Tools for Unit Testing Success
This paper is part of a series of interviews in which Adam Kolawa—Parasoft CEO and Automated Defect Prevention: Best Practices in Software Management (Wiley-IEEE, 2007) co-author—discusses why, when, and how to apply essential software verification methods. The series also addresses code analysis, code review, memory error detection, message/protocol testing, functional testing, and load testing.
In this interview, Kolawa counters claims that unit testing has peaked, explains how unit testing delivers value above and beyond “early testing,” and warns that code coverage is not the best measure of test suite completeness. Read on to learn how unit testing can help your team rapidly modify code with confidence—and how to get started as painlessly as possible.
Unit testing seems much more popular in theory than in practice. Why do you think that’s the case?
Well, there’s a huge barrier to entry because setting up realistic and useful tests can be quite complex. People tend to have a good understanding of how the application is supposed to work from the outside—how it’s supposed to respond to different user actions or operations—but they have a limited grasp of how it’s supposed to work “under the hood.” This is quite a handicap when it comes to writing unit tests.
With unit tests, you need to create relevant initial conditions so the part of the application you’re trying to test behaves like part of the complete system. If these initial conditions aren’t set correctly, the test won’t be exercising the code in a realistic context, and it won’t be terribly useful to you. You can’t really tell if something is working properly if you’re not testing it under realistic conditions. The context is critical. For instance, a beam might provide proper support under many conditions… but if you’re building with it, you really need to know if it will hold up under your specific construction. If it wasn’t verified to work in a similar context, you can’t rest assured that it will work for you here.
Creating the initial conditions can be difficult, but it’s absolutely essential. I think the people who do try to accomplish this are frustrated by the amount of work required, and those who don’t are disappointed that they’re not getting valuable results.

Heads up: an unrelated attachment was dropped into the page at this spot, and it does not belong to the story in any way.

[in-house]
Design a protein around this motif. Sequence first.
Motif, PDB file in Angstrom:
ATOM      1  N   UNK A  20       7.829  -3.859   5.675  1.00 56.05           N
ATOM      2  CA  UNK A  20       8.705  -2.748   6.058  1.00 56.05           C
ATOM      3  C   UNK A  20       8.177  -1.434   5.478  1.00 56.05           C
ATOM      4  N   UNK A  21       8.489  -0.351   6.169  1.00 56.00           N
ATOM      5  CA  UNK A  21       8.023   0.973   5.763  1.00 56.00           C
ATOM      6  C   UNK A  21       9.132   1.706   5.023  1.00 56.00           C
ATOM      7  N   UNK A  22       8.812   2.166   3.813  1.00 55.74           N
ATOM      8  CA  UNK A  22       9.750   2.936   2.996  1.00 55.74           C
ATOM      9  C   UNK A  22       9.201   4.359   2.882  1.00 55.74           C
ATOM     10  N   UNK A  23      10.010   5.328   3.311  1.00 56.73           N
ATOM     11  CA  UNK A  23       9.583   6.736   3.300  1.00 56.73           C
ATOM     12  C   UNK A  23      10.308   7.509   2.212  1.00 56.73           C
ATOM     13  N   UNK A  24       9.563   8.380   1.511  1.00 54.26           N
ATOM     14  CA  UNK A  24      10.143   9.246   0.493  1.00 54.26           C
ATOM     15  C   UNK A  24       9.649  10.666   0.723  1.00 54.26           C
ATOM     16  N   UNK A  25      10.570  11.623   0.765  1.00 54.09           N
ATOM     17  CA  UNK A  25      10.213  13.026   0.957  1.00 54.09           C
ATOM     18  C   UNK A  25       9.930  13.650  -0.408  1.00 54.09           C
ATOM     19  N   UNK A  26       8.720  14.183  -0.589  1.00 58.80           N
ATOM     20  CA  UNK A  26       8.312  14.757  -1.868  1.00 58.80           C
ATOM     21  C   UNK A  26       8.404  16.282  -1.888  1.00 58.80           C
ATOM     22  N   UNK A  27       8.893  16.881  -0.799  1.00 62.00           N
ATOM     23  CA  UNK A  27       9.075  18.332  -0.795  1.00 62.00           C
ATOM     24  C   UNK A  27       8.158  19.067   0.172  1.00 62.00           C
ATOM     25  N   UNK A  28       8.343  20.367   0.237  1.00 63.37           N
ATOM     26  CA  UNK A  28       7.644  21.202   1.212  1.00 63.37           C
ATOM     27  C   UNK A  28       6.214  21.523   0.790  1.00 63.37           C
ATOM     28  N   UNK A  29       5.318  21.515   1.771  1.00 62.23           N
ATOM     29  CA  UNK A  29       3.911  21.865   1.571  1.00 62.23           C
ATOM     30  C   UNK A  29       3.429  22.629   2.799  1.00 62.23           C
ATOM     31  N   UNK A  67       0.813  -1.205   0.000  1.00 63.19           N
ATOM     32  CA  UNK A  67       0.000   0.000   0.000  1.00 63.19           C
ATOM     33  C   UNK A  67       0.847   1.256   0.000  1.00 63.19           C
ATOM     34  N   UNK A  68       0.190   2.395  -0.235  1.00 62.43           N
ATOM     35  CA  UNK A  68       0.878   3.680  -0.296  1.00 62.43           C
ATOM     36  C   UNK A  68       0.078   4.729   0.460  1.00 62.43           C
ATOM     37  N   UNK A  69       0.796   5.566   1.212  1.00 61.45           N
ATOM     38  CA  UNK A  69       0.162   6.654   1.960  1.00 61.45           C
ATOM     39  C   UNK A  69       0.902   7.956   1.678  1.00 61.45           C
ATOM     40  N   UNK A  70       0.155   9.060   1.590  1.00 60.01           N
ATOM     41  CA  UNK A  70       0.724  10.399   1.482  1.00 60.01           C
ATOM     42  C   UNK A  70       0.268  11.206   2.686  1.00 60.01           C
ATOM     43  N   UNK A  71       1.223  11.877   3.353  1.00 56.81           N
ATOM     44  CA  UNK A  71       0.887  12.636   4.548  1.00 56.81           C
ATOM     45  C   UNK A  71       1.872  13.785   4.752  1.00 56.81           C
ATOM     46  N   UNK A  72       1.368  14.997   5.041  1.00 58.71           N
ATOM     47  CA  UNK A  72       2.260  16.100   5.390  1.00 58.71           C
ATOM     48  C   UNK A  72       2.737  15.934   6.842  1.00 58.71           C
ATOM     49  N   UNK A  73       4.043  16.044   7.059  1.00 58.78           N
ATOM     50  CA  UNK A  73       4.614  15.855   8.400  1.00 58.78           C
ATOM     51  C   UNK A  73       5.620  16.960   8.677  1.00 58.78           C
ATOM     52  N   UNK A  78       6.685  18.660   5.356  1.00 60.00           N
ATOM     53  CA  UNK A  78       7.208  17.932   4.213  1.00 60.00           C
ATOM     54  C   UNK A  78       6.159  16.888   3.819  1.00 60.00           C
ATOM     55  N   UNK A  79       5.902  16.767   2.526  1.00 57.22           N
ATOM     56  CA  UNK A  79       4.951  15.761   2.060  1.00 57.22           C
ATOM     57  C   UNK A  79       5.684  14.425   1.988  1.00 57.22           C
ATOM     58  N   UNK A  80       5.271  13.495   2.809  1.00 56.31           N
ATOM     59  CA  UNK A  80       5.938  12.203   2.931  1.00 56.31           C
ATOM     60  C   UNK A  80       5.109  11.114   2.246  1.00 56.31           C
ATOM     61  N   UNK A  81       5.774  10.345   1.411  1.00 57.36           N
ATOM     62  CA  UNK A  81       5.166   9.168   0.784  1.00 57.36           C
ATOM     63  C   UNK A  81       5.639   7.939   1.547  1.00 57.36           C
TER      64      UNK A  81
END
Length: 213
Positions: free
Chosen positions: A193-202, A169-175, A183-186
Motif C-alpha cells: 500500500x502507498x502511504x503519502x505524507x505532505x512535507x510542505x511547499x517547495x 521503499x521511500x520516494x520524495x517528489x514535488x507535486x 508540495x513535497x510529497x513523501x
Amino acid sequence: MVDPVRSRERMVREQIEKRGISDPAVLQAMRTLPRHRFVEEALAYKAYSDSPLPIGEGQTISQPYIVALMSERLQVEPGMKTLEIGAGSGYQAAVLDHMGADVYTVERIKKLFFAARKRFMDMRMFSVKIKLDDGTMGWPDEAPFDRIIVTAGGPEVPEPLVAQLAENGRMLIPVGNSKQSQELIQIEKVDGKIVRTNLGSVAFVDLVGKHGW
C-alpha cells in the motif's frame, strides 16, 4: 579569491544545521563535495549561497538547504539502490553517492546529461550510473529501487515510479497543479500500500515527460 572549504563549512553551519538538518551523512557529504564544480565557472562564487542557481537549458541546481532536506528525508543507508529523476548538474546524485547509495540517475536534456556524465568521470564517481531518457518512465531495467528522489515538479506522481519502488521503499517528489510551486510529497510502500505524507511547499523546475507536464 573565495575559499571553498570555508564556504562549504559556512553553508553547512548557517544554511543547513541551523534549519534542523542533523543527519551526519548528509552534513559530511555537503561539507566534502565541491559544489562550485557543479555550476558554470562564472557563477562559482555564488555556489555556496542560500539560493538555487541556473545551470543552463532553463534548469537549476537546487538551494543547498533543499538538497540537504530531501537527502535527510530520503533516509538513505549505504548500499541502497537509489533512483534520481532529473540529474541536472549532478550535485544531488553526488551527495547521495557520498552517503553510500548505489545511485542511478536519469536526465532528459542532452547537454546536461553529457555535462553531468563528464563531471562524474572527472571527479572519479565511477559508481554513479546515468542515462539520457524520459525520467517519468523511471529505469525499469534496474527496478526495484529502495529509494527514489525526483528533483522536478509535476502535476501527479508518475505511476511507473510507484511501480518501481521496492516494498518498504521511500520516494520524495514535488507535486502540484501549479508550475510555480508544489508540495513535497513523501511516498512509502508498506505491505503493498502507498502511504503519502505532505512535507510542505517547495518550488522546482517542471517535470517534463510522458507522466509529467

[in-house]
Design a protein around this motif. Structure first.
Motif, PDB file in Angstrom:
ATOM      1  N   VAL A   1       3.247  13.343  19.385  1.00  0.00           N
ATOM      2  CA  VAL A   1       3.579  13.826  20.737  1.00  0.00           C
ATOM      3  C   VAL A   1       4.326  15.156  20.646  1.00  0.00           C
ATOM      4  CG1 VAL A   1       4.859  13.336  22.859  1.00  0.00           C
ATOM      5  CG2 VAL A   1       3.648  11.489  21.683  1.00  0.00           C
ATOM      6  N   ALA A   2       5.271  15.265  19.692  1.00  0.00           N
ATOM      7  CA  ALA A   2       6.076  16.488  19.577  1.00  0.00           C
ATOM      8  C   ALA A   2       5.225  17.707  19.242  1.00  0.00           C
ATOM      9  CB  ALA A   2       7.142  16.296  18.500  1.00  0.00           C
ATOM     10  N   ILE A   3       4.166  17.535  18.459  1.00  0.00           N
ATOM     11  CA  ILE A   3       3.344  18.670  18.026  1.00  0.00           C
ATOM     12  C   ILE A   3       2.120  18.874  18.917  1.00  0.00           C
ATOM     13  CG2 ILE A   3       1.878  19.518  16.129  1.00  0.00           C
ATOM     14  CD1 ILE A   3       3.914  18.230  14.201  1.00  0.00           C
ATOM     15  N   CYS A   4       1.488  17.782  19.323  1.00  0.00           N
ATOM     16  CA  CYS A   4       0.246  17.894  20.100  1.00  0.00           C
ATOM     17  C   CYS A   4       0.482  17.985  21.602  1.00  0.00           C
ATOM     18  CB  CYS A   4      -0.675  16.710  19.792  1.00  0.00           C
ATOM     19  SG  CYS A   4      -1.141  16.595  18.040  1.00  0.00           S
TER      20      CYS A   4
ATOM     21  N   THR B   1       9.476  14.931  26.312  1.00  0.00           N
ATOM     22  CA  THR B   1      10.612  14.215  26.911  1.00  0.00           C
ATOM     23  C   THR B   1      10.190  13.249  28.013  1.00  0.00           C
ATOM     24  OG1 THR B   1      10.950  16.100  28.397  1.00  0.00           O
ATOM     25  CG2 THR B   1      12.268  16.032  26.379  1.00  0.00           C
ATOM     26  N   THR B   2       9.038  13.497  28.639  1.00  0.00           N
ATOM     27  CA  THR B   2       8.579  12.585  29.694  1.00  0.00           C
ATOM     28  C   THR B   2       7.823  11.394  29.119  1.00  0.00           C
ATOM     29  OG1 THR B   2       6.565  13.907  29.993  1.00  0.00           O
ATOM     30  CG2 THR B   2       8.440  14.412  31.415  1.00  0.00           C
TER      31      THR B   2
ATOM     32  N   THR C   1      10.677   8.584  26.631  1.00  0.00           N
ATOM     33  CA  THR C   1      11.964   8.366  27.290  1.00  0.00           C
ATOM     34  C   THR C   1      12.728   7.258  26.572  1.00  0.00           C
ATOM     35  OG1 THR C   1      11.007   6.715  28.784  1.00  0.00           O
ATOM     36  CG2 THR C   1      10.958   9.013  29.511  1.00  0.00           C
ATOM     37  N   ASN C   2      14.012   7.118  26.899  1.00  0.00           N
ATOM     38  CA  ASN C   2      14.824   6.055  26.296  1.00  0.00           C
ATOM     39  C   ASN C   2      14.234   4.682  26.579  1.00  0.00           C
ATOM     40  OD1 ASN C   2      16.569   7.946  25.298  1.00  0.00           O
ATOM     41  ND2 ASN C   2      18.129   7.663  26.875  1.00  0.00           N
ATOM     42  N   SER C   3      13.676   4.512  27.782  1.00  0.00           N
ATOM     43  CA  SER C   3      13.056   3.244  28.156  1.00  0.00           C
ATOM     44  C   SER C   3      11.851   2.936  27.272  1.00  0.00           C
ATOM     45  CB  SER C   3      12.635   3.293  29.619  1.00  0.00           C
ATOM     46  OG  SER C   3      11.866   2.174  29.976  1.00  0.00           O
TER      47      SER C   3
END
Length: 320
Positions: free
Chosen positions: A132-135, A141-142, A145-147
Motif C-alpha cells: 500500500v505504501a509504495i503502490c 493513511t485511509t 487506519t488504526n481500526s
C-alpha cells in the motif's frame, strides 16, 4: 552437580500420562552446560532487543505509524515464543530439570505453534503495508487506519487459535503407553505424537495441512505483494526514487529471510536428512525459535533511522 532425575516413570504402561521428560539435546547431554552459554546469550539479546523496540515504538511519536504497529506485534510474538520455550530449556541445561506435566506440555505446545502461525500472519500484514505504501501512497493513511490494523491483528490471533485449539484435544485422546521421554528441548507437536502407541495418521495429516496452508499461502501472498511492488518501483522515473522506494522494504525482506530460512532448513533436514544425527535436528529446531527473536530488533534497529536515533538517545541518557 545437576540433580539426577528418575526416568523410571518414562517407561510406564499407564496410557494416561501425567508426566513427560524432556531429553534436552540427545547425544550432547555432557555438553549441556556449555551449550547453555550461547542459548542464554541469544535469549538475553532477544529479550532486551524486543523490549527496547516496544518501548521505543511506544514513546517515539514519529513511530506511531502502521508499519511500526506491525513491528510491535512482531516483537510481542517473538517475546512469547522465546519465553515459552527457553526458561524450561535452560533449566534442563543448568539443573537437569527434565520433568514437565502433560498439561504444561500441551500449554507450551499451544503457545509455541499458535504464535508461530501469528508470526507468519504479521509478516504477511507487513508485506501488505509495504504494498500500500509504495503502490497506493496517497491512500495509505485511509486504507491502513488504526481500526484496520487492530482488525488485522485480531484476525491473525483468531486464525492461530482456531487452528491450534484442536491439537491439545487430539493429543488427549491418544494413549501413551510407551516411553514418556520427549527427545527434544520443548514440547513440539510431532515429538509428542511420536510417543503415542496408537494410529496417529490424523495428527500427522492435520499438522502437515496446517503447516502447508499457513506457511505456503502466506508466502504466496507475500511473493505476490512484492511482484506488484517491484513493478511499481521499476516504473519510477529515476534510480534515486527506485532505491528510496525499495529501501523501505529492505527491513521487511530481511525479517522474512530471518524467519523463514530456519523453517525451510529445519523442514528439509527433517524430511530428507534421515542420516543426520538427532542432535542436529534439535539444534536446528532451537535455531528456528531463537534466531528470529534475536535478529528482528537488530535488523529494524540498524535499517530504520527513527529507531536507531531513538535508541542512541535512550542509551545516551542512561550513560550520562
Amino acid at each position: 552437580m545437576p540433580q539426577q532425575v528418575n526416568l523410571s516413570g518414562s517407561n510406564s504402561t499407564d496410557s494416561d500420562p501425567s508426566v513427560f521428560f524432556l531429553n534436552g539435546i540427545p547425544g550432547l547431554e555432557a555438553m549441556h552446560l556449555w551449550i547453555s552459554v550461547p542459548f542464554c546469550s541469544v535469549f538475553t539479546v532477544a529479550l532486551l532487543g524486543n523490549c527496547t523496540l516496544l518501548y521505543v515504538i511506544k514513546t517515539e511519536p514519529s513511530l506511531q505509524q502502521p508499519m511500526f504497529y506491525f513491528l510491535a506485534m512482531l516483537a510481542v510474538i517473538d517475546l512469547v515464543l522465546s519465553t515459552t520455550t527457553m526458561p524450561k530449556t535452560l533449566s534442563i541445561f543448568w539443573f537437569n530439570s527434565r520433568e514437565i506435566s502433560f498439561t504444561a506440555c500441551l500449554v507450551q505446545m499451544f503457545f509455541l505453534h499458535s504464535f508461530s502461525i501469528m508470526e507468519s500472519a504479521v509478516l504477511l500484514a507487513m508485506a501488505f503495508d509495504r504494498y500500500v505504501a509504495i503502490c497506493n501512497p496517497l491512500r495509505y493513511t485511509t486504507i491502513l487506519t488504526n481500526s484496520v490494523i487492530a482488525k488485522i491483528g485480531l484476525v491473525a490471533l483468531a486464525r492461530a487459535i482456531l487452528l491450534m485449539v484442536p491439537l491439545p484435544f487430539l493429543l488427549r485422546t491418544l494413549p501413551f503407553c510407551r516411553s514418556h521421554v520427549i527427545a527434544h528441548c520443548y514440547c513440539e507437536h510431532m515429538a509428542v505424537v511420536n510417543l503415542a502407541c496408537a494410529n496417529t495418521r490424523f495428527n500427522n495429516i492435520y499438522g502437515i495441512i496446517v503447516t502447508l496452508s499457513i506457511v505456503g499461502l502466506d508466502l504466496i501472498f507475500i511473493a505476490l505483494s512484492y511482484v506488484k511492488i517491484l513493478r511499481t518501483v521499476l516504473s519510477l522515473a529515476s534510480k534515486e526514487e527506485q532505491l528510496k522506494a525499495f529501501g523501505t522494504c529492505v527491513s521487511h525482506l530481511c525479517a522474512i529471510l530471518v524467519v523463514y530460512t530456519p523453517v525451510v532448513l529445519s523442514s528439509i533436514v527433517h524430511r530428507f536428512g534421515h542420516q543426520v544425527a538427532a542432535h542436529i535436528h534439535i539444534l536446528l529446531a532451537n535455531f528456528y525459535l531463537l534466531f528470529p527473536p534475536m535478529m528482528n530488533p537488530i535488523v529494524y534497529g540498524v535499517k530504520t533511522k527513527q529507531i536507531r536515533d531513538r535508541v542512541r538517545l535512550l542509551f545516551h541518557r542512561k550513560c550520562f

There’s been a lot of debate lately about whether unit testing is going the way of the dinosaur. What do you think?
I think that unit testing is more valuable now than ever. But I think we need a different flavor of unit testing than the one everyone always focuses on, which is early testing. Let me explain.
The systems we’re building today, such as SOA and RIA, are growing in size and complexity—plus developers are being asked to evolve them faster than ever before. We typically have a good idea of what functionality we need to test because the use cases are usually well-defined in requirements. However, it’s difficult to test them in their entirety because they are so complicated—they are connected to the outside world, staging systems are difficult to establish and maintain, each test requires considerable setup, and so on. It might be feasible to test each use case once, but you really need to test all your use cases daily so that you’re immediately alerted in case your constant modifications end up breaking them.
And that’s where unit testing comes in?
Yes. Unit testing allows you to continuously test parts of the application without the hassles of dealing with the complicated system. Using a technology like Parasoft Tracer, you can create unit test cases that capture the functionality covered in your use cases. From the application GUI or using a SOA or Web test client, you just exercise your use cases while Tracer is enabled. As the use case is executed, Tracer monitors all the objects that are created, all the data that comes in and goes out, and then it creates you a unit test that represents this operation—and even sets up the proper initial conditions.
You can then take this unit test case and execute it on a separate machine, away from the original system. This means that you can use a single machine—even a standard developer desktop—to reproduce the behavior of a complicated system during your verification procedure. Add all of these tests to your regression test suite, run it continuously, and you’ll immediately be alerted if this functionality that you captured is impacted by your code modifications.
Essentially, this helps you address the complexity of today’s systems in two ways:
- It relieves you from having to perform all the time-consuming and tedious work required to set up realistic test conditions.
- It gives you a test case that you can run apart from the system—a test case you can run continuously and fully automatically.
So unit tests are created after the application can be exercised realistically. How does that mesh with the idea that unit testing is early testing?
This type of unit testing is not early testing at all. It’s a completely different flavor of unit testing, and I think it’s even more valuable than early testing. But, there’s still a time and place for early testing...
Learn more about how to automate unit testing